The Great Patriotic War 1941-1945 As was the case with the Napoleonic Wars, the Soviet Union emerged from World War II considerably stronger than it had been before the war. Although the country suffered enormous devastation and lost more than twenty million lives, it had gained considerable territory and now ranked as one of the two great world powers along with the United States.
Population losses during the WWII and Famine of 1947 On January 1, 1941 (before the war) Russian population was 111 million After the WWII Russian population decreased by 13.6 million (loss by 12.3%) Famine of 1947: 0.5 million died in Russia (totally 1 million in the USSR)
Khrushchev rule 1958-1964 The new power emerging in the Kremlin was Nikita S. Khrushchev (1958– 1964), first secretary of the party. The Soviet Union exploded a hydrogen bomb in 1953, developed an intercontinental ballistic missile by 1957, sent the first satellite into space (Sputnik I) in 1957, and put Yuri Gagarin in the first orbital flight around Earth in 1961.
Khrushchev rule Khrushchev's downfall stemmed from his decision to place Soviet nuclear missiles in Cuba and then, when challenged by the U.S., backing down and removing the weapons. He was also blamed for the ideological break with China after 1963. Khrushchev was forced into retirement on Oct. 15, 1964, and was replaced by Leonid I. Brezhnev as first secretary of the party and Aleksei N. Kosygin as premier.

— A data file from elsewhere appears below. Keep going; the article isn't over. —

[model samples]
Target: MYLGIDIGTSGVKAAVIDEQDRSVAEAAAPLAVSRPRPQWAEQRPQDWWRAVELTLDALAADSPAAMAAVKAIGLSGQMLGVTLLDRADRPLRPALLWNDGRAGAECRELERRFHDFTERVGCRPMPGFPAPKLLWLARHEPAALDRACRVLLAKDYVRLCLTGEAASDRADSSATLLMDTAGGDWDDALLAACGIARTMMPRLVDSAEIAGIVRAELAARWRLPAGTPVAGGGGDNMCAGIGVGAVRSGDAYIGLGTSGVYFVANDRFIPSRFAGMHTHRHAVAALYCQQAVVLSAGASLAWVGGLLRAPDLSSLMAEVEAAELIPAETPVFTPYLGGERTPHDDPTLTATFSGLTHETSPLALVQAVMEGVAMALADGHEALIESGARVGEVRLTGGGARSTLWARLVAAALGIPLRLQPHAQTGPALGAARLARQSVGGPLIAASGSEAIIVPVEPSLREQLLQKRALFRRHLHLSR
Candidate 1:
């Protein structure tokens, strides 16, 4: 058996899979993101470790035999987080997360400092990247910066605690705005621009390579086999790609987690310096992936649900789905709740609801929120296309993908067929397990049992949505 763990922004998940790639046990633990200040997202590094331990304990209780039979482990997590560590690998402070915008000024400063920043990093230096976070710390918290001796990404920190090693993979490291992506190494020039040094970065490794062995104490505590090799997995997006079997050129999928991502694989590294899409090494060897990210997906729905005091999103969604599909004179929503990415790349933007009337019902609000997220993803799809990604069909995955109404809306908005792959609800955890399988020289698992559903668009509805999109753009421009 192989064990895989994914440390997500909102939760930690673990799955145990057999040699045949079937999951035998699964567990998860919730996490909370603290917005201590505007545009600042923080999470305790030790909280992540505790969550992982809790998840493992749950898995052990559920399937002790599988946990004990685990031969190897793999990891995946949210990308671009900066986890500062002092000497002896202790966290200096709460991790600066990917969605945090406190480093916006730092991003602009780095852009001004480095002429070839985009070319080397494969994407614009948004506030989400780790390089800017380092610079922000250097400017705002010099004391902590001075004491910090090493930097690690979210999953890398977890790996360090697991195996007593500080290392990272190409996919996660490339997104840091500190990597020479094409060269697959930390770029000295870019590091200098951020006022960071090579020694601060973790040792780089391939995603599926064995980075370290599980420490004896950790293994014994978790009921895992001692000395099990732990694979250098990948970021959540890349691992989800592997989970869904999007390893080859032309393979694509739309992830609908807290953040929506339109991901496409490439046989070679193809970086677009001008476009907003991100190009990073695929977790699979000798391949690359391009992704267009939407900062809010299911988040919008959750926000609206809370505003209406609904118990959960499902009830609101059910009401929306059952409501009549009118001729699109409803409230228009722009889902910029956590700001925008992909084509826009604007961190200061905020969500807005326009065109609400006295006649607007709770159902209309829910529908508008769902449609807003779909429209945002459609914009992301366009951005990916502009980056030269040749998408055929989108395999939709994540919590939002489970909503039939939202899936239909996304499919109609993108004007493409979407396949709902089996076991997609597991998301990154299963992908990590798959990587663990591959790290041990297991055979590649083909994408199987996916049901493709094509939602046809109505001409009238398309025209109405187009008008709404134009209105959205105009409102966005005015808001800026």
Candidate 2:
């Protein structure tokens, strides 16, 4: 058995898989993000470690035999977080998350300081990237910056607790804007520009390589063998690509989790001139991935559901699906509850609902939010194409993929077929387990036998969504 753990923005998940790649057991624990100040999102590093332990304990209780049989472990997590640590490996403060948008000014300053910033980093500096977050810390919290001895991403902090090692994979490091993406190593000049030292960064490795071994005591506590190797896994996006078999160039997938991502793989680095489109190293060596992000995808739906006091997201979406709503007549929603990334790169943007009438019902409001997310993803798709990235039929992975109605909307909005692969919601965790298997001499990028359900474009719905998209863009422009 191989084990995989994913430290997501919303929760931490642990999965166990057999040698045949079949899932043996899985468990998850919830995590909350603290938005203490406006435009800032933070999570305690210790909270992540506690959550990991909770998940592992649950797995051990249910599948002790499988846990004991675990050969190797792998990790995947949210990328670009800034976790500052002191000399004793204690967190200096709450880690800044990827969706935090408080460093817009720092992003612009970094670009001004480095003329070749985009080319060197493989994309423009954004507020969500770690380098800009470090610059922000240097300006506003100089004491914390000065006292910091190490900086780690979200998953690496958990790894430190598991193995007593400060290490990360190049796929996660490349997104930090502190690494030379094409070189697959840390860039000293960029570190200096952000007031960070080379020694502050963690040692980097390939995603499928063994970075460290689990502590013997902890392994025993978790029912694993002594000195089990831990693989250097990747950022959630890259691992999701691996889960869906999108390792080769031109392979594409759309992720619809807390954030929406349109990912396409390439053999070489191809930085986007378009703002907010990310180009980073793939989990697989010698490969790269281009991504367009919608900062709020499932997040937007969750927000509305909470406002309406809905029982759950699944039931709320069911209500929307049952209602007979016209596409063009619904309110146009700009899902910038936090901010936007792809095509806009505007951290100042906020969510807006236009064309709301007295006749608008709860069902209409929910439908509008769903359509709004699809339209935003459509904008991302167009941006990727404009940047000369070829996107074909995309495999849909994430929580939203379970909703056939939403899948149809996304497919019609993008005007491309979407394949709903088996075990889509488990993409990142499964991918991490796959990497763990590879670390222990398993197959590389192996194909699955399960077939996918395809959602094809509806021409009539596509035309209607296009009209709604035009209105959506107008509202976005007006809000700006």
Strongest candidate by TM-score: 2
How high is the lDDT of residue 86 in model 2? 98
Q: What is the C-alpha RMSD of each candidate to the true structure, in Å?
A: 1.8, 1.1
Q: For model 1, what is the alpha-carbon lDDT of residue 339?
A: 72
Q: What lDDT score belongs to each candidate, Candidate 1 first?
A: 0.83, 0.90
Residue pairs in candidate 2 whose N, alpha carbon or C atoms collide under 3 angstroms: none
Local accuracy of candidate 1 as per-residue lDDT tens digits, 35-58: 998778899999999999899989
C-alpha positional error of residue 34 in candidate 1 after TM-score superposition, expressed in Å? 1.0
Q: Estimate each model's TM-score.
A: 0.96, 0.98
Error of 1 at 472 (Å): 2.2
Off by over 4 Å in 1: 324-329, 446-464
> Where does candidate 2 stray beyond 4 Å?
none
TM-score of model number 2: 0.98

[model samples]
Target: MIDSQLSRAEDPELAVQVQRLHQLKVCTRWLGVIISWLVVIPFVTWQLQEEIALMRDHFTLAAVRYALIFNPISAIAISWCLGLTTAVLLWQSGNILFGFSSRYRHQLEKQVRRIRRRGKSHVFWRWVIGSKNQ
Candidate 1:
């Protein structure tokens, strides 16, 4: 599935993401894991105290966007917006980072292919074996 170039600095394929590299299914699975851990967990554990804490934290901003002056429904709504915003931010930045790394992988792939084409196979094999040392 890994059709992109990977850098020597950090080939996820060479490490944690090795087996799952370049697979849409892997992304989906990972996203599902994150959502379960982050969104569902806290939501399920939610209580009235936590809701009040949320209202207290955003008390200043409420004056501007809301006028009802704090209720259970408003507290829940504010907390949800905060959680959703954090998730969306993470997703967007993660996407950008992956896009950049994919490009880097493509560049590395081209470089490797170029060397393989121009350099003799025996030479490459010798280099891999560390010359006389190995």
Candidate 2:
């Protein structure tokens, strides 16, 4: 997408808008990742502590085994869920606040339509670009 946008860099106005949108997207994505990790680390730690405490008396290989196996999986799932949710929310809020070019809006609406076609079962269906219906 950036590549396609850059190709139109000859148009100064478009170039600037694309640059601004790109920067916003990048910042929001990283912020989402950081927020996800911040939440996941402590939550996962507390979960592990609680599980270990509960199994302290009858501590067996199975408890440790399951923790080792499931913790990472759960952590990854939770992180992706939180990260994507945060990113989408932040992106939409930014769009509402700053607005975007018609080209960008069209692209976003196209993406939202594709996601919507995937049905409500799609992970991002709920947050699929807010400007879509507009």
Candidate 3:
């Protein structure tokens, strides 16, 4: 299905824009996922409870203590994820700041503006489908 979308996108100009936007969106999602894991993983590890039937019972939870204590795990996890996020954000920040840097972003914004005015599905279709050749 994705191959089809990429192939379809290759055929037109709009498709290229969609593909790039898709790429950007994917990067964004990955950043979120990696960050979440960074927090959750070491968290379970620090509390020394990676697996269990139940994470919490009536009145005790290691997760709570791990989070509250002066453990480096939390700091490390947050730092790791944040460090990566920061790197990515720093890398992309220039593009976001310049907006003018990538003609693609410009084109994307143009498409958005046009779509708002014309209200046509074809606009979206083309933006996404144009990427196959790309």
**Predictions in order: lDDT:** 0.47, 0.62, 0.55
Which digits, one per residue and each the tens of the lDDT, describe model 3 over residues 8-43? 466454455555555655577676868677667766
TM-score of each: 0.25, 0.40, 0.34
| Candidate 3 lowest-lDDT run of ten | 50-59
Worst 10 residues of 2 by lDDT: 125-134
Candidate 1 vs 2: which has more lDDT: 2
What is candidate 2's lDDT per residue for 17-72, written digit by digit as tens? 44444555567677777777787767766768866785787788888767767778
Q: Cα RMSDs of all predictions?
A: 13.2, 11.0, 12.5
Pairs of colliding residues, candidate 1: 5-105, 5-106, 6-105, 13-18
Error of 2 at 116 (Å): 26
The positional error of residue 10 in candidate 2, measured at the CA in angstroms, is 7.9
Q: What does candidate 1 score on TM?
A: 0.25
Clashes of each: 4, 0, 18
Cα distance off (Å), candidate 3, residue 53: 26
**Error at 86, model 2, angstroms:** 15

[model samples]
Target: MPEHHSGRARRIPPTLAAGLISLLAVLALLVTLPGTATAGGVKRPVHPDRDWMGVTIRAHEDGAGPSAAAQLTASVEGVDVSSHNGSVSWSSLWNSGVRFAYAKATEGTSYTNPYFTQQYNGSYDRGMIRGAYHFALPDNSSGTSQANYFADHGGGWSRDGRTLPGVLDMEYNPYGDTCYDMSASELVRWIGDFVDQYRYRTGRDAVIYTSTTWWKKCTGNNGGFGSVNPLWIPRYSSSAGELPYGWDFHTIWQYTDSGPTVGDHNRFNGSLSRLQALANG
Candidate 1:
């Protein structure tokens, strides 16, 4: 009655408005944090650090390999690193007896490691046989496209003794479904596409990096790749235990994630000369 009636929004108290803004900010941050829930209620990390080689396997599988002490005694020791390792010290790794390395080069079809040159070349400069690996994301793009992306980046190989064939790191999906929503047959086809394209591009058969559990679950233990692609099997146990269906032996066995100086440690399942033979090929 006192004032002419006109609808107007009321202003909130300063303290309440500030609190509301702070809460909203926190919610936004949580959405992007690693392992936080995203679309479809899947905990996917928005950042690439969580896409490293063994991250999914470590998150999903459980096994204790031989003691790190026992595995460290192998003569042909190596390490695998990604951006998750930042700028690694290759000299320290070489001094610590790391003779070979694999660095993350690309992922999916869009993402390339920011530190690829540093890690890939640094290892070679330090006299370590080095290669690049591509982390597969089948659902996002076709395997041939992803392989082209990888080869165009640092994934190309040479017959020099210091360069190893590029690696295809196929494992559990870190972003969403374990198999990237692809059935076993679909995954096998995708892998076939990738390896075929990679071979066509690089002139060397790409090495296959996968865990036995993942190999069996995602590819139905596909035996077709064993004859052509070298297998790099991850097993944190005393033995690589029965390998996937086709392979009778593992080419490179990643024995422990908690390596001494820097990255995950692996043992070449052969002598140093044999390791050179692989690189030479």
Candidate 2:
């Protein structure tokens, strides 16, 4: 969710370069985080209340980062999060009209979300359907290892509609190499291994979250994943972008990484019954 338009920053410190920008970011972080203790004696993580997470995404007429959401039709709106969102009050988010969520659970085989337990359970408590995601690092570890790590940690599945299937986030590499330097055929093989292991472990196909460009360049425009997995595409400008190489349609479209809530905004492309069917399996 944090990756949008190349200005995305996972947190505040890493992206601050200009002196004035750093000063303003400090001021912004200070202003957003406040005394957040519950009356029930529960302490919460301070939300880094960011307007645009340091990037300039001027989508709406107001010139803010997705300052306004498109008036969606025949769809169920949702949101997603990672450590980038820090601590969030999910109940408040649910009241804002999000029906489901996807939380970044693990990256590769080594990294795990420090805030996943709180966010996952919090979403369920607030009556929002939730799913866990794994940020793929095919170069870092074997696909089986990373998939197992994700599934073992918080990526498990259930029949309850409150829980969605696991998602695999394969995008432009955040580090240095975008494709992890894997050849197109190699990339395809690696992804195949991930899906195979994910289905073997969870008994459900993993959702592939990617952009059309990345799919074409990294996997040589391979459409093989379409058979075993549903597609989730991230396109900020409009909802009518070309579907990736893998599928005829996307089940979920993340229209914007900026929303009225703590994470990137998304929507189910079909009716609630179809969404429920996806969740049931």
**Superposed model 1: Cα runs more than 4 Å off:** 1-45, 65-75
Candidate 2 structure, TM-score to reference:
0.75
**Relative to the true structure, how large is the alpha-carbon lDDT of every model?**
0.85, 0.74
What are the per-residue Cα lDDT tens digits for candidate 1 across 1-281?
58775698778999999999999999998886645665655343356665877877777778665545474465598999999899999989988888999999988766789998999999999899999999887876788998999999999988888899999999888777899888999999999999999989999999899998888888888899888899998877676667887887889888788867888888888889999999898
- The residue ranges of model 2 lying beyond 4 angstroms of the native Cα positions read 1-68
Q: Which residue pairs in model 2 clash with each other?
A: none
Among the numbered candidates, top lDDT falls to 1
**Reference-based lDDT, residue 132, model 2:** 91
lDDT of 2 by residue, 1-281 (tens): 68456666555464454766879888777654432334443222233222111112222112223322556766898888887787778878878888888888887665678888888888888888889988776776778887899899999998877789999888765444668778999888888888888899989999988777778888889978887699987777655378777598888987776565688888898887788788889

1964-1982 - Brezhnev era “the stagnation period” U.S. president Jimmy Carter and Brezhnev signed the SALT II treaty in Vienna on June 18, 1979, setting ceilings on each nation's arsenal of intercontinental ballistic missiles. The U.S. Senate refused to ratify the treaty because of the invasion of Afghanistan by Soviet troops on Dec. 27, 1979. On Nov. 10, 1982, Leonid Brezhnev died.
1982-1985 Yuri V. Andropov, who had formerly headed the KGB, became his successor but died less than two years later, in Feb. 1984. Konstantin U. Chernenko, a 72-year-old party stalwart who had been close to Brezhnev, succeeded him. After 13 months in office, Chernenko died on March 10, 1985. Chosen to succeed him as Soviet leader was Mikhail S. Gorbachev.
Components of population growth in Russia, 1927-2006 Green- Natural increase; Pink – increase due to migration; Source: Demoscope Weekly
Publication on the history of Russian population before 1959 The most detailed publication on the topic is available in Russian: Andreev, E.M., Darsky, L.E., Kharkova, T.L. “Demographic History of Russia: 1927-1957”, Moscow: Informatika, 1998 (available online at Demoscope Weekly)
Overview of the course The main objective of this course is to teach you methods of the study of population taking into account the specifics of data registration and population processes in the countries of the Former Soviet Union.